Mathematics, plus the International Primary Curriculum for other subjects. The middle phase
students followed the International Baccalaureate Middle Years Programme (MYP) whilst older
students worked towards the International Baccalaureate Diploma (DP), and BTEC. The school had
ensured that the transition between phases and curricula was seamless. Assessments were
validated externally by International Schools' Assessment. Staffing had increased, with thirteen
new teachers being appointed across the Kindergarten and Primary phases, and a further
fourteen subject specialists in MYP.
3

Overall school performance 2013-2014
Good
Key strengths
-
The outstanding attitudes and behaviour of students leading to exemplary interactions in school;
-
The high quality of support for all students in school, including students with additional needs,
leading to positive academic and personal outcomes;
-
The active engagement of the parents and the community in the life of the school;
-
The effective support, challenge and strategic direction provided by the governors to the school
leadership;
-
The school's vision and strategic drive for continuous improvement.
Recommendations
Improve attainment and progress in Islamic Education and Arabic by:
o
sharing exemplary practice available in other parts of the school;
o
raising expectations in lessons.
Develop students' enquiry and critical thinking skills by:
o
ensuring lessons promote consistently students' independent learning skills of critical
thinking, enquiry and investigation, particularly in phases 1 and 2;
o
using formative and summative assessment information more effectively to guide
students' next step in learning.
Review the curriculum by extending its breadth and balance to include a global dimension to
reflect the needs of different nationalities in the school.
4

Progress since the last inspection
The school had improved the following aspects to outstanding:
- The progress of students in mathematics in Kindergarten;
- The curriculum design to meet the individual needs of students in Grades 11 and 12;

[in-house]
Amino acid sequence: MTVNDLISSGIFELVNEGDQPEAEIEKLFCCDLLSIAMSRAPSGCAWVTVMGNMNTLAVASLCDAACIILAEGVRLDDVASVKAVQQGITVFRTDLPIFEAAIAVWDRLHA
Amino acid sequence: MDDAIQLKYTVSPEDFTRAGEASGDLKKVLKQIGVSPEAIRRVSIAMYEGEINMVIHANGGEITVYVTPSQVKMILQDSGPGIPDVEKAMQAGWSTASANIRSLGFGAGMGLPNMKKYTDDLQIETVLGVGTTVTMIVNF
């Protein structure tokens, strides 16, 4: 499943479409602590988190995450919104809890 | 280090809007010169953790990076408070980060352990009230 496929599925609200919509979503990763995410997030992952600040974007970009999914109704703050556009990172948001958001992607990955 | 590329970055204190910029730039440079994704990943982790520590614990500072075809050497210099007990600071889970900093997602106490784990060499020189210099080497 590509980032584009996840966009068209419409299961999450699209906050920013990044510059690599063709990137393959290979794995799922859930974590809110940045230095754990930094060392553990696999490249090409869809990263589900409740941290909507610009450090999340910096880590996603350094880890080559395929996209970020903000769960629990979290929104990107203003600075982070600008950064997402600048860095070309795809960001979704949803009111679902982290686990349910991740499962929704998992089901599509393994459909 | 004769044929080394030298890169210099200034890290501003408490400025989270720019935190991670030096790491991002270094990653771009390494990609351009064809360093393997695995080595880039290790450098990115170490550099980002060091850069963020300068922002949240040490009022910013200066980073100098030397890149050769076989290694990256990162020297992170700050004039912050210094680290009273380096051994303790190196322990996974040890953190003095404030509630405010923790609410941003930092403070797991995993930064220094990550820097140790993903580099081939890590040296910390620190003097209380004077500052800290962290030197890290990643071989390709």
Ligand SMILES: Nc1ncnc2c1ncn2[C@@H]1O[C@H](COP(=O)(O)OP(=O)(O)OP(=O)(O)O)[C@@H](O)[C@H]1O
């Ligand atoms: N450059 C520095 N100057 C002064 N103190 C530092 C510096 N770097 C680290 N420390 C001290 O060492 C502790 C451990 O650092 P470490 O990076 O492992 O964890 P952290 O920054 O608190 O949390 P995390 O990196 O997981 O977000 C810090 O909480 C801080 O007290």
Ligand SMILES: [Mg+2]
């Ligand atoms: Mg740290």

- The quality of support in school.
Trend of overall performance
5

How good are the students' attainment progress and learning skills?
kindergarten
Primary
MYP
DP
Islamic Education
Attainment
Not Applicable
Acceptable
Acceptable
Acceptable
Progress
Not Applicable
Acceptable
Acceptable
Acceptable
Arabic as a first language
Attainment
Not Applicable
Acceptable
Acceptable
Not Applicable
Progress
Not Applicable
Good
Acceptable
Not Applicable
Arabic as an additional language
Attainment
Not Applicable
Acceptable
Acceptable
Not Applicable
Progress
Not Applicable
Acceptable
Acceptable
Not Applicable
English
Attainment
Good
Acceptable
Good
Good
Progress
Good
Good
Good
Good
Mathematics
Attainment
Good
Acceptable
Good
Good
Progress
Outstanding
Good
Good
Good
Science
Attainment
Good
Good
Good
Good
Progress
Good
Good
Good
Good
Read paragraph
kindergarten
Primary
MYP
DP
Quality of students'
Good
Good
Good
Good
learning skills
Read paragraph
6

How good is the students' personal and social development?
kindergarten
Primary
MYP
DP
Personal
Outstanding
Outstanding
Outstanding
Outstanding
responsibility
Students'
understanding of
Islamic values and
Good
Good
Good
Good
their local, cultural
and global
awareness
Community and
environmental
Good
Good
Good
Good
responsibility
Read paragraph
How good are teaching and assessment?
Kindergarten
Primary
MYP
DP
Teaching for
Good
Good
Good
Good
effective learning
Assessment
Good
Good
Good
Good
Read paragraph
7

How well does the curriculum meet the educational needs of all students?
kindergarten
Primary
MYP
DP
Curriculum quality
Good
Good
Good
Good
Curriculum design
to meet the
Good
Good
Good
Outstanding
individual needs of
students
Read paragraph
How well does the school protect and support students?
kindergarten